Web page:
Friday, August 31, 2012

Progressively distributed RGB colors.

    public int getColor(int index) {
        int[] p = getPattern(index,0);
        return getElement(p[0]) << 16 | getElement(p[1]) << 8 | getElement(p[2]);
Fetching routine.

    public int getElement(int index) {
        int value = index - 1;
        int v = 0;
        for (int i = 0; i < 8; i++) {
                v = v | (value & 1);
                v <<= 1;
                value >>= 1;
        return v & 0xFF;
    It turns out to make numbers that go 255, 0, 128, 192, 64, ... it's just counting upwards and then flipping the order of the bits to being a big endian things rather than a small endian order. Starting from -1 rather than zero.

The only thing left is to pattern these numbers progressively. So everything with 0, then all permutations with 1, then all permutations with 2, then all permutations with 3 ect. There's bound to be a more elegant way to this than the way I did it but:
    public int[] getPattern(int index, int n) {
        int[] p = new int[3];
        if (index - 1 < 0) {
            return p;
        index -= 1;
        for (int q = 0; q < 3; q++) {
            if (index - n < 0) {
                p[q] = index;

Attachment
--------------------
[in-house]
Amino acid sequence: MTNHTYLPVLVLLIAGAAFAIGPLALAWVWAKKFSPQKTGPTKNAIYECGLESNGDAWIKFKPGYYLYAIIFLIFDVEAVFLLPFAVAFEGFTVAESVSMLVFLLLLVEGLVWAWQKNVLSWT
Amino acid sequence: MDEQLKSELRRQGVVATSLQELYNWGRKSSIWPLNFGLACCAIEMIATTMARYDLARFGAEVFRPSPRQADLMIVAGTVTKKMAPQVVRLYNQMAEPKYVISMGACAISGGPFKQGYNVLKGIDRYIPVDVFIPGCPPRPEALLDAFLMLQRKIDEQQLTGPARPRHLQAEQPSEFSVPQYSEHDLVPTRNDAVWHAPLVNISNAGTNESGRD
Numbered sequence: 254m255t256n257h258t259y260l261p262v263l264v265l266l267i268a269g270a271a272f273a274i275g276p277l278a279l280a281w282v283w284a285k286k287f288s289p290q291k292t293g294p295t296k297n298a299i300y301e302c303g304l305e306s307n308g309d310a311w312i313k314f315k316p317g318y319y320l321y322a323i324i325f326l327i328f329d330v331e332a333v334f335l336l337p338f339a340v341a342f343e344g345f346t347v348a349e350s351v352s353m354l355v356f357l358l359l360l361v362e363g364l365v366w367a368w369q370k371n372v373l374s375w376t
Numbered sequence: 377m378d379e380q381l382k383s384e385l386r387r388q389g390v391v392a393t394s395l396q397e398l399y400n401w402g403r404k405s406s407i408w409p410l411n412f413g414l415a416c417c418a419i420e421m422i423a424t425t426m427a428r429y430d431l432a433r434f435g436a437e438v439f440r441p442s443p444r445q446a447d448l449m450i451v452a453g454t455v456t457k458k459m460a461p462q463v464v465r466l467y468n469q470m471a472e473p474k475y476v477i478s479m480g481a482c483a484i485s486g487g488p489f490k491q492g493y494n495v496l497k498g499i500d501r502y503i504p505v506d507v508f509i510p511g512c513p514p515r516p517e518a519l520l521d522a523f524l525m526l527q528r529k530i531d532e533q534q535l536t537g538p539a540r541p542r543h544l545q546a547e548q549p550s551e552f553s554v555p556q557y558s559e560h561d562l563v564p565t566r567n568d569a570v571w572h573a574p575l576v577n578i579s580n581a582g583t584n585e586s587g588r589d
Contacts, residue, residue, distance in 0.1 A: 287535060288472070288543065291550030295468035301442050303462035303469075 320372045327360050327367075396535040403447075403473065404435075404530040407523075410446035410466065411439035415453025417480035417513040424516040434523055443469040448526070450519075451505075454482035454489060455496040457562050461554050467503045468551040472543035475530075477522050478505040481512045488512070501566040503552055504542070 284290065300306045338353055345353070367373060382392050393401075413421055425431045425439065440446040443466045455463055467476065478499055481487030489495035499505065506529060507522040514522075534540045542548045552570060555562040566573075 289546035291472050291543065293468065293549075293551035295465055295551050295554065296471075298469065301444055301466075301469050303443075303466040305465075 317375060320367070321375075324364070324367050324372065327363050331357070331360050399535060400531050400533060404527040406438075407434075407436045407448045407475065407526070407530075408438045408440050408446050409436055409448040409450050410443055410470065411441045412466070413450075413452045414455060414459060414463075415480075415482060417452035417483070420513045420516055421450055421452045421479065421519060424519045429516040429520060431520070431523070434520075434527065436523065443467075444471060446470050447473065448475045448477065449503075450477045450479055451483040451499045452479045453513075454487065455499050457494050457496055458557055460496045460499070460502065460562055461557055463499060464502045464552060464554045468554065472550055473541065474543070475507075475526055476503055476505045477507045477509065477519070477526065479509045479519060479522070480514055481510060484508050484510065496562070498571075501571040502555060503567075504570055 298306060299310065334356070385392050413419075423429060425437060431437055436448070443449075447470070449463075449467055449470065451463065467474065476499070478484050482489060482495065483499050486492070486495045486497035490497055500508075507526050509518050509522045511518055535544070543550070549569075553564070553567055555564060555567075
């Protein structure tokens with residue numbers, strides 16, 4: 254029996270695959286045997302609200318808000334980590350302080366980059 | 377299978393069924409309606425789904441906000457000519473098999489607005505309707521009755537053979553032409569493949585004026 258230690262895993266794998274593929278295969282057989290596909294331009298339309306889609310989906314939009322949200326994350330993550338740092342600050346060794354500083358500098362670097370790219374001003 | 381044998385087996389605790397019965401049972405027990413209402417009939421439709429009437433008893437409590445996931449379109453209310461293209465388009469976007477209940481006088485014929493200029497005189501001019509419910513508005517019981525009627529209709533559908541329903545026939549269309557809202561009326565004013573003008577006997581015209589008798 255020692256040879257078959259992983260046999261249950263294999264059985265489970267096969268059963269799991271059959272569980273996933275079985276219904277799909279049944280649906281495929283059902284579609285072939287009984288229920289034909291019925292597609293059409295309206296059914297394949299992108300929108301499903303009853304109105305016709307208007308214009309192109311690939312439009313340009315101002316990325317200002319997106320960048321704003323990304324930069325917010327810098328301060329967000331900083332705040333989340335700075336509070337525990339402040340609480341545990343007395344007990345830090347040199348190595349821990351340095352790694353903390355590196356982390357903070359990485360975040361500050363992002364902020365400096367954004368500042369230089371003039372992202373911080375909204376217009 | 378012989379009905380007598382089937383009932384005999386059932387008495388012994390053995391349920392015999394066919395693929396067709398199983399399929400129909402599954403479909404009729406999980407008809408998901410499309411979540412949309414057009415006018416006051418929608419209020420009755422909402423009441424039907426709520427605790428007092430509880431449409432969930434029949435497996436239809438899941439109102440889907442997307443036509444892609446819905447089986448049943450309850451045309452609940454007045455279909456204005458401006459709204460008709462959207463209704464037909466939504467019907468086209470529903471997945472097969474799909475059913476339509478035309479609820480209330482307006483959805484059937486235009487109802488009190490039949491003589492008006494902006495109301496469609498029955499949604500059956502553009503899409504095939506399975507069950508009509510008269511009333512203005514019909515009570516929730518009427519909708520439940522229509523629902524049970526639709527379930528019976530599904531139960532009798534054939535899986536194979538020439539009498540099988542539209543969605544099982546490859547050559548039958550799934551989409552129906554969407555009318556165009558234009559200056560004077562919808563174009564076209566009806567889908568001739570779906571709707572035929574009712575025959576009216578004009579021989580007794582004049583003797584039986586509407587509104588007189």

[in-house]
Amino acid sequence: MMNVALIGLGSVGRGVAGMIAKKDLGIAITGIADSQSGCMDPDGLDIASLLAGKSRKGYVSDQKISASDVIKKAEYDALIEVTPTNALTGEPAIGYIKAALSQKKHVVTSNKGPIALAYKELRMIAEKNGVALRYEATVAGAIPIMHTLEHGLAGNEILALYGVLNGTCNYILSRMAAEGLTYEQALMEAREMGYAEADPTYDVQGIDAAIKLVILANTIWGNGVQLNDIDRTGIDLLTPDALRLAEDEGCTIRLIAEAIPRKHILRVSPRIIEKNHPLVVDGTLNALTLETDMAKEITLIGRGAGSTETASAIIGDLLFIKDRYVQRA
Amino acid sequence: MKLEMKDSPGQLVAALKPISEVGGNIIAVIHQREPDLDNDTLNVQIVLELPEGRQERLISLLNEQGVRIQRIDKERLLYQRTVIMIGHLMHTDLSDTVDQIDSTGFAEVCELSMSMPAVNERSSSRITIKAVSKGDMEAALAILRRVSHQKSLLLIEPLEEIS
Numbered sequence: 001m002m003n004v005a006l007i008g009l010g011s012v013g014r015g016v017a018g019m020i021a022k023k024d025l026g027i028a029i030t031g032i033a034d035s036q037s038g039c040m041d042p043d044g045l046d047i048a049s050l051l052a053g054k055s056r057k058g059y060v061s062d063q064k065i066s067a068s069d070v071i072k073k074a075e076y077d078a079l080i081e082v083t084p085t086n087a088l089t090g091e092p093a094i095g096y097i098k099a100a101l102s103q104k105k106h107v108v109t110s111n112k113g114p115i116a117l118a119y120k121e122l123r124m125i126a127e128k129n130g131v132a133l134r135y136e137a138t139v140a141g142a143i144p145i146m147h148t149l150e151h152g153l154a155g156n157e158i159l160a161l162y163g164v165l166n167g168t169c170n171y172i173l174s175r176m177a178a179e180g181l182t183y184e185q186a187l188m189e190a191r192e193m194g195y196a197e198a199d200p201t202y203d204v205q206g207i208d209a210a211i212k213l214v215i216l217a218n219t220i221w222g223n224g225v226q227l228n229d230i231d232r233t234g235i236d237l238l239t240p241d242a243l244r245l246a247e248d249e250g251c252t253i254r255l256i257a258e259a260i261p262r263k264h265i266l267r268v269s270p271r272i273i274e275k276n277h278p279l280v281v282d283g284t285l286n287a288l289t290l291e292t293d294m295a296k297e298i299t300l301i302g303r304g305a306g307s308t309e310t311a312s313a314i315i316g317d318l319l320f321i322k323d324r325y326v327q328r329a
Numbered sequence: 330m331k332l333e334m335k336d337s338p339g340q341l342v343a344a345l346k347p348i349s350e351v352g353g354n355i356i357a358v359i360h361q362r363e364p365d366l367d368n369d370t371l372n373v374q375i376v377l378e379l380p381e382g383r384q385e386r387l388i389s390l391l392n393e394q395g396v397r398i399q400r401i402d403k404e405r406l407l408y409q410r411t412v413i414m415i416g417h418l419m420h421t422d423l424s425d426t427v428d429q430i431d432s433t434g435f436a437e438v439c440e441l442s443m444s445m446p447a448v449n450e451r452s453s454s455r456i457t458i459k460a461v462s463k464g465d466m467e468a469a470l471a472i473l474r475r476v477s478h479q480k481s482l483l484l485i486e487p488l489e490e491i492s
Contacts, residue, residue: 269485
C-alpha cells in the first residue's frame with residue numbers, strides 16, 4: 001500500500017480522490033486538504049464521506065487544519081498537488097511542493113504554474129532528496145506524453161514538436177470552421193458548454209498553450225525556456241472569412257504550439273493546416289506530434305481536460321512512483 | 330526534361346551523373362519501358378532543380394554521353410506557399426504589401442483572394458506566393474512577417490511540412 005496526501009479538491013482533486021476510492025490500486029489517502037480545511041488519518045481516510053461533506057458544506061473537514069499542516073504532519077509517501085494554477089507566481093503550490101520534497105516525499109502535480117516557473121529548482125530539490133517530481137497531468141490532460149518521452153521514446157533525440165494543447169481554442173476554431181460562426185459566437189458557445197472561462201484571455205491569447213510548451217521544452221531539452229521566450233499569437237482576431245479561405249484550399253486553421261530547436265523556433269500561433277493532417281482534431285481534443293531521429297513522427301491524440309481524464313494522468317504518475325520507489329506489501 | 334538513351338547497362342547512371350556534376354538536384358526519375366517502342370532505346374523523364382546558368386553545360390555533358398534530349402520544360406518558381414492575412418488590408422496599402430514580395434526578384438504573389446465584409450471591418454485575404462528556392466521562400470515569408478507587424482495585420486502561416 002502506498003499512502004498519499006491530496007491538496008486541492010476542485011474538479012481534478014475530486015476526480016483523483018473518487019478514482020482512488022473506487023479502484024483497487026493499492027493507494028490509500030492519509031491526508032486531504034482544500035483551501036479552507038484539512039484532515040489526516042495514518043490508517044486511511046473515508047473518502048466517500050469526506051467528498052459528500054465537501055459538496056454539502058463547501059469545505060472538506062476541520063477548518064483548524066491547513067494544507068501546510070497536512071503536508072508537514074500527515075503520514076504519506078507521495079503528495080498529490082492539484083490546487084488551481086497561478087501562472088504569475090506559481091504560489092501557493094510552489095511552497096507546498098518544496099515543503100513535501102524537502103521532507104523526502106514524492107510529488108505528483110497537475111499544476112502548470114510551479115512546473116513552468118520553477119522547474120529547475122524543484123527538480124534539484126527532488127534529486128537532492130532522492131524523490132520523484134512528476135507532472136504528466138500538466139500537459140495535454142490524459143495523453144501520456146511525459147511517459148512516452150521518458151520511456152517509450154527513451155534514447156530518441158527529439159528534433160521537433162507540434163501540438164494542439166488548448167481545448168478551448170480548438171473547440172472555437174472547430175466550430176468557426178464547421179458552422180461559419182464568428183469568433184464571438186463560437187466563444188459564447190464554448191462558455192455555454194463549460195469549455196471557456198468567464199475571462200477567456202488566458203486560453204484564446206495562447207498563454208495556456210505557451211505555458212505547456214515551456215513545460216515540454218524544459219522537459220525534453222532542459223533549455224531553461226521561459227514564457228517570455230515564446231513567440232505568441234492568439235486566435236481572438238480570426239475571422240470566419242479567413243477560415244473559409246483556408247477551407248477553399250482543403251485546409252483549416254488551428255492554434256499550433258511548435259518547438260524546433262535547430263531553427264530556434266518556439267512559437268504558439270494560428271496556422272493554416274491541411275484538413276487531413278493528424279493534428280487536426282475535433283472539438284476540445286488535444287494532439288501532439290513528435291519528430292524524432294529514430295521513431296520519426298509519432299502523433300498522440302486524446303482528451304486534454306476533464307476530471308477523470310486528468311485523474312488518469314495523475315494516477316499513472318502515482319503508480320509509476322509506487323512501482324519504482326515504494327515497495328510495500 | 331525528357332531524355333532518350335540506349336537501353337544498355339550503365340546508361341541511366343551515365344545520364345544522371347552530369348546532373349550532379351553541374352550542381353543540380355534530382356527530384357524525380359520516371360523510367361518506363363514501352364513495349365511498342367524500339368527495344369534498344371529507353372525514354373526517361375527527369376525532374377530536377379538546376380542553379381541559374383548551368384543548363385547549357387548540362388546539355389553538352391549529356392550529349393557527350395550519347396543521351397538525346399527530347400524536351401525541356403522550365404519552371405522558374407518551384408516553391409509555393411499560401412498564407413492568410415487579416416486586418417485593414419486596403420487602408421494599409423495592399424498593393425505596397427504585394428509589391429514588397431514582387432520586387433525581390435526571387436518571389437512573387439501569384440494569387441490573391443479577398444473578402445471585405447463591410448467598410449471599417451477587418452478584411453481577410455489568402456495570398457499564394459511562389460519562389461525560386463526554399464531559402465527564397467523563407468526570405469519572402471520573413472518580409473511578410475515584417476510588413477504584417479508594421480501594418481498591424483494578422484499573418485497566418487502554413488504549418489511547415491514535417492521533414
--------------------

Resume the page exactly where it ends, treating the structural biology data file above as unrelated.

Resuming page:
return p;
            index -= n;
        for (int q = 0; q < 3; q++) {
            if (index - (n*n) < 0) {
                boolean d = true;
                for (int m = 0; m < 3; m++) {
                    if (m == q) p[m] = n;
                    else if (d) {
                        d = false;
                        p[m] = index / n;
                    else {
                        p[m] = index % n;
                return p;
            index -= (n * n);
        return getPattern(index,n+1);
    Which then cycles through producing first black then, every color 256 bits from black (namely white), then all the colors patterns with these bits, then adding in 128 and all the color patterns with that in the mix. Etc. Calling it recursively because apparently I'm a balla (an inelegant one at that).

It might be better to just normalize the values there and feed them into something like LAB skipping imaginary colors etc.

If you are going to use this code, for whatever reason: